28 August 2010

Look What My Father-in-law Made for St. Paul's!

A hand-crafted hearse for the Good Friday Tenebrae Vespers.  Unlike the traditional hearse of 15 candles, the LSB rite calls for extinguishing only seven, hence the number of candle slots in this one. You can use it with smaller candles, or remove the wooden insets and use larger candles.  Dave's workmanship is meticulous.  And it humbles me that he spent so many hours making this beautiful hearse for use in the liturgy at one service on one day of the entire year.  But that's exactly like my father-in-law.  Only the best for the Lord.  Thanks, Dave!  


Anonymous said...

lovely... only comment... hope the candles are not too close. The one I made years ago seats the candles too close and their burning actually melts the wax of adjecnt candles and wild abandoned (in that at least appropriate) dripping... Harvey Mozolak

Myrtle said...

What exactly is this and why do you use it during that service??

William Weedon said...

the hearse holds the candles that are extinguished one after the other during the Psalms, reading, and prayers of the Tenebrae Vespers on Good Friday. Slowly we walk into the darkness with our Lord. Maybe best way to understand it is with this:


Past Elder said...

What an absolutely beautiful piece of workmanship!

There's supposed to be fifteen candles because one is put out after each of the nine psalms in Matins and each of the five psalms in Lauds, which still leaves the altar candles burning but they get put out later at the Benedictus.

But then again Tenebrae is supposed to be Matins and Lauds of the last three days of Holy Week, not a "Good Friday Service", which is a different one altogether.

That was one of the things that took the boot with Pius XII's revision of the Holy Week liturgy when I was a kid in the 50s. It ticked off a lot of people, I remember, but it warn't nothing compared to the wholesale booting of the novus ordo that was to come, but we didn't know that then.

There ain't no Tenebrae of any kind in the novus ordo; for that matter, no Matins either. All gone.

Now you might think I go for the recently dusted off "main service" for Good Friday, and I do like it, but you know what, I like a "Seven Last Words" sorta kinda Tenebrae, which has seven candles, one for each "word", better than about anything we do liturgically. The first one I went to about knocked me out, and they still do.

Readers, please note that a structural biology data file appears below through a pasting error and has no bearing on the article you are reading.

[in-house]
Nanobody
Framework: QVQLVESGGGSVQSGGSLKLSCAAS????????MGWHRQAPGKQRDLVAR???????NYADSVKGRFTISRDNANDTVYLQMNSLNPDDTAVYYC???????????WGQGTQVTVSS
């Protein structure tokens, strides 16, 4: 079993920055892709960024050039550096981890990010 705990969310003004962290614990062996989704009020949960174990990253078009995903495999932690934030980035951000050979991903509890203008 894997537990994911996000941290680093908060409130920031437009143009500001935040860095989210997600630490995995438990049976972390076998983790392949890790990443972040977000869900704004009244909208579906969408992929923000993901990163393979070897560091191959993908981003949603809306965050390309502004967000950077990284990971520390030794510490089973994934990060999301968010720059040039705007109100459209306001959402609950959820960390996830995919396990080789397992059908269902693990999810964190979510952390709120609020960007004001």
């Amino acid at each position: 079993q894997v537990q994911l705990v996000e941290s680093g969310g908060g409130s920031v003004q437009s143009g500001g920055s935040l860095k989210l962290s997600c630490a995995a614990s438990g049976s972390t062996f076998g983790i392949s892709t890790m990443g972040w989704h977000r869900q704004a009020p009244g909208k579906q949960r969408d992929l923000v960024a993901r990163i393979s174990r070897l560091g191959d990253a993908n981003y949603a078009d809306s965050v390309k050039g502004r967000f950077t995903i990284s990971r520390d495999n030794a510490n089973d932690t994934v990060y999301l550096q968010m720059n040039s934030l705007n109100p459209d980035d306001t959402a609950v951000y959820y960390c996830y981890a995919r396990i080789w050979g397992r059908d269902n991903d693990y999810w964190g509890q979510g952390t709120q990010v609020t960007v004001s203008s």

I hope this beautiful piece is used with a strepitus you can hear five blocks away!

Past Elder said...

Hey, it just hit me -- how ironic, right after the feast of St Augustine. Selections from his writings were the second of the three "nocturns" in the original Tenebrae.

The first nocturn being Lamentations, and the third from the Epistles, for those just dying to know.

Anonymous said...

aren't the readings from Lammentations of a unique beauty... it is like gathering tears to wash to the soul?! Harvey Mozolak

William Weedon said...

Indeed, "how lonely sits the city..."

Anonymous said...

Pastor Weedon: Could you do a post sometime on your blog about the liturgical history of the Tenebrae service? It is one of my fondest memories of the Lutheran Church. I've always wondered where it came from and why it was eliminated in the Vatican II reforms. Its so simple, yet elegant and forceful and people really seem to love it.

Past Elder said...

Vatican II didn't do away with Tenebrae, Pope Pius XII did in 1955.

In those reforms, he moved the Easter Vigil from Saturday morning back to Saturday night. Likewise, Maundy (now called Holy) Thursday and Good Friday services were moved from days to nights, so to speak.

But those three days were when Tenebrae was celebrated -- even though Matins and Lauds are early morning services originally, they had long since been moved up to the night before as a concession to laziness, or what is now called "pastoral reasons".

So when Pius XII made his changes, they were in the way and got the boot.

What Vatican II did was abolish Matins for what is now an Office of Readings, which, on the Vatican II model of you can do this, that, or the other, a model we regrettably have appropriated, can be read at morning or any other time. Lauds has become "Morning Prayer", and the novus ordo still recommends the use of the Office of Readings and Morning Prayer, but on just Good Friday and Holy Saturday, and the old nine psalm and five psalm thing and the nocturns are gone, as well as associated candles and extinguishing thereof.

So even "traditional" Roman Catholics ain't got no Tenebrae, because they must use the 1962 version of the Tridentine Rite, by which time the original Tenebrae was gone.

Better to be Lutheran, find yourself a Seven Last Words style Tenebrae, and go.

Past Elder said...

PS -- both the 1962 Tridentine Rite and the 1970 novus ordo are largely the work of the great Hannibal Lector of the Liturgy, Anibale Cardinal Bloody Bugnini, along with some of my profs and other crazed revisionists.

So the utter joke of "traditional" versus "conciliar" Catholic liturgy is that both, as they are known now, are conciliar, the one being Early Bugman and the other Late Bugman.